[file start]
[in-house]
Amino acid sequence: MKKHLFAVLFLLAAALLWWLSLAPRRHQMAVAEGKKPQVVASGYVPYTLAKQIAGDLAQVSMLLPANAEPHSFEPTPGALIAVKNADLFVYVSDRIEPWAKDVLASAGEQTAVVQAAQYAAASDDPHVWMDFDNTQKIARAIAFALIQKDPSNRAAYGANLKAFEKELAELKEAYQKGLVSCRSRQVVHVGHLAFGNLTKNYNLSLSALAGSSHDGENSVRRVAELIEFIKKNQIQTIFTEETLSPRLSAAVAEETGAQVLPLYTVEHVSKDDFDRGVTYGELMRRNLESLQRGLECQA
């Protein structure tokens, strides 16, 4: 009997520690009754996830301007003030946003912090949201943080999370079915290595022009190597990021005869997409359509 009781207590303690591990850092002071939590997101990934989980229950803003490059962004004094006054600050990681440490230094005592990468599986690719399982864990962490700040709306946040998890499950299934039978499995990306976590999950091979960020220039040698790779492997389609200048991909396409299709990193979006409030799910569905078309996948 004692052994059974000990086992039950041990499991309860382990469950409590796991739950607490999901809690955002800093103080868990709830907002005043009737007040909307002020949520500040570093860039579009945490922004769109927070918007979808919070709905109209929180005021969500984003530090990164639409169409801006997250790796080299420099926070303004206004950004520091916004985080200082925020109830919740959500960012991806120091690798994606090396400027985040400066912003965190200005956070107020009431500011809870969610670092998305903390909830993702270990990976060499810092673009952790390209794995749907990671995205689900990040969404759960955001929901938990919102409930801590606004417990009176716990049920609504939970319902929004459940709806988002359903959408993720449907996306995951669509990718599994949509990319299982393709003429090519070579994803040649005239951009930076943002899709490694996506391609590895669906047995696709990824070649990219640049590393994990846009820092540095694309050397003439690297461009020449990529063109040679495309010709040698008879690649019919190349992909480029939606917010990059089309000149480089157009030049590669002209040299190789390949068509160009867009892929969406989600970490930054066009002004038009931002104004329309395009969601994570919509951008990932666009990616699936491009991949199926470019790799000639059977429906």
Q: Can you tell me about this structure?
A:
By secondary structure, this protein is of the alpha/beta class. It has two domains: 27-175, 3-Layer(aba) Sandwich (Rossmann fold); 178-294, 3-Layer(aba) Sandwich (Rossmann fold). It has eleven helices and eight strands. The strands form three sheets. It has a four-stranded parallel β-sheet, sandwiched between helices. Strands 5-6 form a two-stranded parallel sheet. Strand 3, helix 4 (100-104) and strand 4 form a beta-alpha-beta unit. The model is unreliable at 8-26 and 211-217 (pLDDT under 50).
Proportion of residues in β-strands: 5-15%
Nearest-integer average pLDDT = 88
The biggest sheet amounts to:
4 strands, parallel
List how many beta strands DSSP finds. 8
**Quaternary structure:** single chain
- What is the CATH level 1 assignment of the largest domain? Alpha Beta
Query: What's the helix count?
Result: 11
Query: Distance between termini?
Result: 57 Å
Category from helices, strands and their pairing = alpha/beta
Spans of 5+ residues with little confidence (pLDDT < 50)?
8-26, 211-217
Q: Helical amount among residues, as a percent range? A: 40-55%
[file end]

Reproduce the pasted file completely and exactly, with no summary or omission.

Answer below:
[in-house]
Amino acid sequence: MKKHLFAVLFLLAAALLWWLSLAPRRHQMAVAEGKKPQVVASGYVPYTLAKQIAGDLAQVSMLLPANAEPHSFEPTPGALIAVKNADLFVYVSDRIEPWAKDVLASAGEQTAVVQAAQYAAASDDPHVWMDFDNTQKIARAIAFALIQKDPSNRAAYGANLKAFEKELAELKEAYQKGLVSCRSRQVVHVGHLAFGNLTKNYNLSLSALAGSSHDGENSVRRVAELIEFIKKNQIQTIFTEETLSPRLSAAVAEETGAQVLPLYTVEHVSKDDFDRGVTYGELMRRNLESLQRGLECQA
């Protein structure tokens, strides 16, 4: 009997520690009754996830301007003030946003912090949201943080999370079915290595022009190597990021005869997409359509 009781207590303690591990850092002071939590997101990934989980229950803003490059962004004094006054600050990681440490230094005592990468599986690719399982864990962490700040709306946040998890499950299934039978499995990306976590999950091979960020220039040698790779492997389609200048991909396409299709990193979006409030799910569905078309996948 004692052994059974000990086992039950041990499991309860382990469950409590796991739950607490999901809690955002800093103080868990709830907002005043009737007040909307002020949520500040570093860039579009945490922004769109927070918007979808919070709905109209929180005021969500984003530090990164639409169409801006997250790796080299420099926070303004206004950004520091916004985080200082925020109830919740959500960012991806120091690798994606090396400027985040400066912003965190200005956070107020009431500011809870969610670092998305903390909830993702270990990976060499810092673009952790390209794995749907990671995205689900990040969404759960955001929901938990919102409930801590606004417990009176716990049920609504939970319902929004459940709806988002359903959408993720449907996306995951669509990718599994949509990319299982393709003429090519070579994803040649005239951009930076943002899709490694996506391609590895669906047995696709990824070649990219640049590393994990846009820092540095694309050397003439690297461009020449990529063109040679495309010709040698008879690649019919190349992909480029939606917010990059089309000149480089157009030049590669002209040299190789390949068509160009867009892929969406989600970490930054066009002004038009931002104004329309395009969601994570919509951008990932666009990616699936491009991949199926470019790799000639059977429906």
Q: Can you tell me about this structure?
A:
By secondary structure, this protein is of the alpha/beta class. It has two domains: 27-175, 3-Layer(aba) Sandwich (Rossmann fold); 178-294, 3-Layer(aba) Sandwich (Rossmann fold). It has eleven helices and eight strands. The strands form three sheets. It has a four-stranded parallel β-sheet, sandwiched between helices. Strands 5-6 form a two-stranded parallel sheet. Strand 3, helix 4 (100-104) and strand 4 form a beta-alpha-beta unit. The model is unreliable at 8-26 and 211-217 (pLDDT under 50).
Proportion of residues in β-strands: 5-15%
Nearest-integer average pLDDT = 88
The biggest sheet amounts to:
4 strands, parallel
List how many beta strands DSSP finds. 8
**Quaternary structure:** single chain
- What is the CATH level 1 assignment of the largest domain? Alpha Beta
Query: What's the helix count?
Result: 11
Query: Distance between termini?
Result: 57 Å
Category from helices, strands and their pairing = alpha/beta
Spans of 5+ residues with little confidence (pLDDT < 50)?
8-26, 211-217
Q: Helical amount among residues, as a percent range? A: 40-55%